Meet Tony, Under Minerva's Art Director. Learn gallery etiquette, see behind the scenes, and discuss the current exhibition, Making Funny. Get a free juice box and a treasure map to find Minerva in Greenwood Cemetery!
2-3PM Saturdays, June 6, 13, 20, 27
Thursday, June 4, 2009
The SP High School situation is different because the building will not be full for the two years the Brooklyn Prospect Charter School is scheduled to be there. However, what happens if two years go by and there is no where else to house the Prospect Charter School? The section referencing Sunset Park is close to the bottom of the article.
If you are interested, be at Salem Church, 450 67 Street (between 4th and 5th Avenues) on Saturday, June 6, at 11:30 AM.
From the site:
Brooklyn Borough Hall, 209 Joralemon Street, Brooklyn, New York 11201
-corner of Court Street-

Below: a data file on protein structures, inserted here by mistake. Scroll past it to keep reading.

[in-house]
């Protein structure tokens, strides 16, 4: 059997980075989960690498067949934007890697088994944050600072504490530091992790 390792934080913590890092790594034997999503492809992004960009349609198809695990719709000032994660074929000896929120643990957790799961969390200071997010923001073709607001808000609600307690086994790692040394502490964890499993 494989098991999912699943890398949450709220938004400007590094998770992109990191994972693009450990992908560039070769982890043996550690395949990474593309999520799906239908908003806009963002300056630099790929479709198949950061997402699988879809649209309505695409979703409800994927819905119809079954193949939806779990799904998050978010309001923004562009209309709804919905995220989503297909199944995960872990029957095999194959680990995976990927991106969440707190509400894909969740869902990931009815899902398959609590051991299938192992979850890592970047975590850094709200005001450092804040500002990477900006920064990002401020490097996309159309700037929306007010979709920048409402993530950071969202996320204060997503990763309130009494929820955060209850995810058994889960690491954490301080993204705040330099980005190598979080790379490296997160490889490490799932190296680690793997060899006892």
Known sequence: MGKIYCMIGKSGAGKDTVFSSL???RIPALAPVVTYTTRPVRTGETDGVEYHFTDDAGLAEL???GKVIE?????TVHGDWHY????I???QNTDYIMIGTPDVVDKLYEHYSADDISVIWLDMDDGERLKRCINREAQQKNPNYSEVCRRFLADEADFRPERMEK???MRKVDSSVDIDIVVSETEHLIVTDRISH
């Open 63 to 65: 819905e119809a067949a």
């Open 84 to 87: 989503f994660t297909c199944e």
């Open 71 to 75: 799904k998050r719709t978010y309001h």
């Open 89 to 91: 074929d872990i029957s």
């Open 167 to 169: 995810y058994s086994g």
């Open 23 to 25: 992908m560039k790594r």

Starting at 5:00 P.M. on Wednesday, June 10, 2009
Community Room, First Floor
Wednesday, June 3, 2009
Here's one good deed that took some pressure off the officers. And it helped cement some warm, fuzzy feelings towards our precinct. At least that's the distinct impression I got from watching this drama unfold yesterday afternoon.
A group of children and adults stopped to check out a box* left on the side of the road; perhaps they heard sounds coming from the box. Once they peeked inside, they had a short discussion of what to do, and then called either 311 or 911. This group waited by the box for about 15 to 20 minutes until 72nd Precinct officers showed up to assess the situation. See for yourself.
* The box was one of those carrying boxes you see kids selling candy from. It had a colorful spaceship motif. If you saw someone carrying this near the Park on Tuesday, that was the kitten-abandoning culprit!